Back in the UK I started seeking our weird and wonderful places where he could be free to run, sniff and play. Several times I thought I’d found the perfect place… then I’d turn up one morning to find that someone had got there first. My search became more extreme, the places more isolated. I didn’t always feel safe.

A prayer was muttered every time the muzzle went on and the lead came off, never knowing when he would come back. Yet I risked it. Every time. Because I hated the idea of this energetic dog who loved running free being constantly restrained.

‘If we can just get through this one walk without seeing a dog…’ you know the script.

I loved Lao so much but he was affecting my quality of life and my relationships as my obsession for finding off-lead spaces became evermore extreme and ridiculous.

The morning I was late for work because Lao followed the scent of some unseen creature for half an hour, the fear and panic I felt made me realise that it could never happen again. I was at my wit’s end. Something had to change.

How could I help this funny, sweet and affectionate but incredibly fearful dog live a fulfilled life? There seemed to be just one solution.

I need to buy a field for Lao.’ 

If my friends and family didn’t think I was mad already, they did now. If I said I wanted to open a private hire dog exercise field they probably would have understood more. But we didn’t buy the field to start a business; its purpose was to solve a huge problem in my life.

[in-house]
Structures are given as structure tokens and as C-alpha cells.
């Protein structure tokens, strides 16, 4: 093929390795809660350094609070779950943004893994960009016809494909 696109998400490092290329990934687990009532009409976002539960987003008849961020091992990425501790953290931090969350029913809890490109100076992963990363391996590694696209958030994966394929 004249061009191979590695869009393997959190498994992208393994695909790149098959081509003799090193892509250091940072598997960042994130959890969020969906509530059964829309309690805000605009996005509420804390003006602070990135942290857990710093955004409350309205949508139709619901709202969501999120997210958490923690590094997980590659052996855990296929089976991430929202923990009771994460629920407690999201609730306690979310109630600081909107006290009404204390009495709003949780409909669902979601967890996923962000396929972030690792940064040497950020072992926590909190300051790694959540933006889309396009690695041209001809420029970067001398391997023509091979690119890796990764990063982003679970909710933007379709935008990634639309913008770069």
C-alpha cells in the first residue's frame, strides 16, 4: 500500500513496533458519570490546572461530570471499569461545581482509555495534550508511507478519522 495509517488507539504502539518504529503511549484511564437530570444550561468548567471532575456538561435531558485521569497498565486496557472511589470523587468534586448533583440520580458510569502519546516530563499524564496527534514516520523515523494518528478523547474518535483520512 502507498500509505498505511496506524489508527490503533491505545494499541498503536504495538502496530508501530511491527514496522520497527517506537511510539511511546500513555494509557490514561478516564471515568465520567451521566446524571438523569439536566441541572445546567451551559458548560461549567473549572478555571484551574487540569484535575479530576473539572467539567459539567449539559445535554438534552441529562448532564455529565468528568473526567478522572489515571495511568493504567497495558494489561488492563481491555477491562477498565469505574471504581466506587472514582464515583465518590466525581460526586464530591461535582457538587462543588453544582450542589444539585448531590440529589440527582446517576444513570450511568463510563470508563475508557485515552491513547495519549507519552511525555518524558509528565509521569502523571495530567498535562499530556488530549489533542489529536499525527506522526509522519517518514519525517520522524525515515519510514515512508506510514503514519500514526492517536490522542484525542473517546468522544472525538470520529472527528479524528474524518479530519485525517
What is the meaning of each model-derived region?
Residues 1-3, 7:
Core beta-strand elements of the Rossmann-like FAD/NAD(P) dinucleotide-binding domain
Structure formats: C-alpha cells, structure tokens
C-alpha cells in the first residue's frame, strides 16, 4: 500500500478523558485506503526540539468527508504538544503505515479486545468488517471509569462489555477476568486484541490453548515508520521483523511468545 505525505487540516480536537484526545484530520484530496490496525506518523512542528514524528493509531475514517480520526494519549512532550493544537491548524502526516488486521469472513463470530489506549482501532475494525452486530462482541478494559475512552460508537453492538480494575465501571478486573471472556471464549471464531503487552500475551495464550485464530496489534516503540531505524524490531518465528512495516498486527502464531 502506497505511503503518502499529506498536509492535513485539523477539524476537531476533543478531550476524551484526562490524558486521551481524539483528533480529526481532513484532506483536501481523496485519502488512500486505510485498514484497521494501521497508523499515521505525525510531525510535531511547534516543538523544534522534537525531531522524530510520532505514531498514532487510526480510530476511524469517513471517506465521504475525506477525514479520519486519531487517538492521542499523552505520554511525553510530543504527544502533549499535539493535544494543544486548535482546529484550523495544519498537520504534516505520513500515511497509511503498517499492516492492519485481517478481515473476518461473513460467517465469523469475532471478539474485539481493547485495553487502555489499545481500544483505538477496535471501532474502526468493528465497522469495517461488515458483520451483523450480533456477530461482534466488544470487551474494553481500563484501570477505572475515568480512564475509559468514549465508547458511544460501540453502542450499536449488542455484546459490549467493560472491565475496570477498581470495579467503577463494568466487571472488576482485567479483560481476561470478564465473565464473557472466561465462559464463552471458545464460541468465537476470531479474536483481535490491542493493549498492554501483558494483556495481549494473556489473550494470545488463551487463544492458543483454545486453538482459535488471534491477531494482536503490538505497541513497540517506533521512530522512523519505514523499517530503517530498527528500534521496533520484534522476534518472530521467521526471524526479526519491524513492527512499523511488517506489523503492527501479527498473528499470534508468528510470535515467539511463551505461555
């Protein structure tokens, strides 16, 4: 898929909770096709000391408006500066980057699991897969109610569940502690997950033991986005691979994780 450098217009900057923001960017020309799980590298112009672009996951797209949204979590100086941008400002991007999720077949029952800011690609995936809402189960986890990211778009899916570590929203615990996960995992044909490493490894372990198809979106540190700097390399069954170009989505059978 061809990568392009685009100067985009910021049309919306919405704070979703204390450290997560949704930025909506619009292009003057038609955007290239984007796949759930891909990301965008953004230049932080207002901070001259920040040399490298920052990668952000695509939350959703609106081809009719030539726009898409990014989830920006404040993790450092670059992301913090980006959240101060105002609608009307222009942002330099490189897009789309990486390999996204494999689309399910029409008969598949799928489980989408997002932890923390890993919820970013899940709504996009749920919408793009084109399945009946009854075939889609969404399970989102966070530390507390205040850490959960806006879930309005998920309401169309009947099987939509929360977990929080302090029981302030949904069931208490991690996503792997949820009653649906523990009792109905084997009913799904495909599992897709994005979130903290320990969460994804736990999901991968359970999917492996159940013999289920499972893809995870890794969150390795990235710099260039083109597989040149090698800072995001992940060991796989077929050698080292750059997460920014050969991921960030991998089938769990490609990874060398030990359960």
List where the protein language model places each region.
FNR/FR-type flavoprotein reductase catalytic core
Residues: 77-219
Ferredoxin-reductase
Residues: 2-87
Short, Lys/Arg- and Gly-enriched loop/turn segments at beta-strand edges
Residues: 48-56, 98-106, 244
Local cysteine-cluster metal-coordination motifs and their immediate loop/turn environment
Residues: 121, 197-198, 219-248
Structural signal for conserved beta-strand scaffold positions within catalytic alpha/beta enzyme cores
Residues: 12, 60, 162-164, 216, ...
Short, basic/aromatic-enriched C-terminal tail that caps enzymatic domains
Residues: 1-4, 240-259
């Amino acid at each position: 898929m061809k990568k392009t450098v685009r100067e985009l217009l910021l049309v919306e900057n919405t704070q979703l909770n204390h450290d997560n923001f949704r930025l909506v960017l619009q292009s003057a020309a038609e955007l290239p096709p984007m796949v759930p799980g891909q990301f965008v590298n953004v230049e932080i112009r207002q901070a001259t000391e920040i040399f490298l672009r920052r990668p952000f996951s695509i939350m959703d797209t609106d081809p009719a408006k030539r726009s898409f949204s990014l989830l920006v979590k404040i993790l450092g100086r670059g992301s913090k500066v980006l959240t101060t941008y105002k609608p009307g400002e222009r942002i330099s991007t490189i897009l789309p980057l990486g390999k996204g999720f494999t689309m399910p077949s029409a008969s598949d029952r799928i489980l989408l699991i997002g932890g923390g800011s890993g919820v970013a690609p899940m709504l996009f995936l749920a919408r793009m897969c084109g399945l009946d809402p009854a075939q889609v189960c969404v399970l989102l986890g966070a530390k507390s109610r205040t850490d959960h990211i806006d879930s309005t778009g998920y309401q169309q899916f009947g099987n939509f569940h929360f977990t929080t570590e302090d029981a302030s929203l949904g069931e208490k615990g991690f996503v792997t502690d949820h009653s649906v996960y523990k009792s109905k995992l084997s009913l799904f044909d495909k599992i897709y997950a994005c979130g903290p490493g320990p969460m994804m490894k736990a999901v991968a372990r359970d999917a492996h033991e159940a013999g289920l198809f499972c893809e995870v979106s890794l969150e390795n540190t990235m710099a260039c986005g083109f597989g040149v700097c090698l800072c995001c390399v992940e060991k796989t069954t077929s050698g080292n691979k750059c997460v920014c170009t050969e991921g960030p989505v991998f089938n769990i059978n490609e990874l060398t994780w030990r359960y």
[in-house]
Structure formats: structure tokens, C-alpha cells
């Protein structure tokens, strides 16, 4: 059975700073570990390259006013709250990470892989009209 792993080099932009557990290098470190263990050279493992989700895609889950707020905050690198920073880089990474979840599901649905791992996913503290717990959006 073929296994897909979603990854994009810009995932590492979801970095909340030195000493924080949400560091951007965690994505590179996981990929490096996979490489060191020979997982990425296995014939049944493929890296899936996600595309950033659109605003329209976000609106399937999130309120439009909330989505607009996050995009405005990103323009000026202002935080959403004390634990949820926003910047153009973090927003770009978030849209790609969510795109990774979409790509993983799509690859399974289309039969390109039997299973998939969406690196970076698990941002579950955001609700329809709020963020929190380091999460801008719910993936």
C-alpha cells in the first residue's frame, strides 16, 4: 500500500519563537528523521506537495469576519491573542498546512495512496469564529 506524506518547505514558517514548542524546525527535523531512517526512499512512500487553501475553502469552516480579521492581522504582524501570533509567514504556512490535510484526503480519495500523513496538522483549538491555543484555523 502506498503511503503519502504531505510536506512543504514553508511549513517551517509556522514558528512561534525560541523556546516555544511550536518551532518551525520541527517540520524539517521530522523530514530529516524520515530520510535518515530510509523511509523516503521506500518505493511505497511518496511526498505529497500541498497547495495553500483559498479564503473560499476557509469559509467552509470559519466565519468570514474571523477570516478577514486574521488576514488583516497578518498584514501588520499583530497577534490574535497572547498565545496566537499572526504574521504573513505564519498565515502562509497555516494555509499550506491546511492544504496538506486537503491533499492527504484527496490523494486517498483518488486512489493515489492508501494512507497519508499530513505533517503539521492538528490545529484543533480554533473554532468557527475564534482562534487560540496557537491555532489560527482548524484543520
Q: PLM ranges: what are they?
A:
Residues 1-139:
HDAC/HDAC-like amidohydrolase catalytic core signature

The first time I unclipped Lao’s lead in the field that would eventually become Dogwood West, I knew that our lives had changed for the better.

He didn’t stop running – he explored every centimeter of hedgerow – he sniffed every particle of scent from the long grass.

With regular visits to the field I watched his confidence grow. Once a nervous and reactive mess, Lao is now able to walk past many different dogs at a comfortable distance.

He is happy to meet new people and we enjoy scentwork and parkour together. He is a visibly happier dog and I am a relaxed owner. The twice-daily dread of the impending walk, the excuses and apologies, the after-hours walks and bizarre locations are now a thing of the past. What Lao and I have achieved most dog owners take for granted, but to us we have moved worlds.

It was a warm evening after closing time, the birds were twittering as they settled for the night, the sun setting over Bishopton purple orange and gold. I stood watching Lao roll around on his back, his comical long ears flew, his legs kicked in the air. His body and mind were free.

If we’d had a safe space to let Lao off when we first adopted him, to bond with him and test his recall we could have avoided the bites, the disappearing acts, the trauma.

I want you and your rescue dog to experience the same fear-free, off-lead experience as I now have with Lao at Dogwood Adventure Play, the North East’s first dog adventure park.

Your dog was born to run and play, and at Dogwood you can give him what he needs whilst you can enjoy a brand new, relaxing, stress-free adventure walk with your best friend.

Katie runs Dogwood Adventure Play, the North East’s first adventure playground for dogs.

In her previous role as Campaigns Officer at Dogs Trust she travelled across the North of England offering training, behaviour, enrichment, health and legal advice to hundreds of dog owners every week and developing new campaigns for responsible dog ownership.

A strong advocate of rescue dogs, Katie volunteered at Battersea Dogs Home before joining the Dogs Trust Head Office team where she helped deliver the campaign to parliament for compulsory microchipping which was successfully passed in 2016.

Katie works hard to improve the lives of the dogs she meets on a weekly basis and believes that reward-based training and enrichment are key to a strong and long-lasting relationship.

You can visit Katies website here https://www.dogwoodadventureplay.com/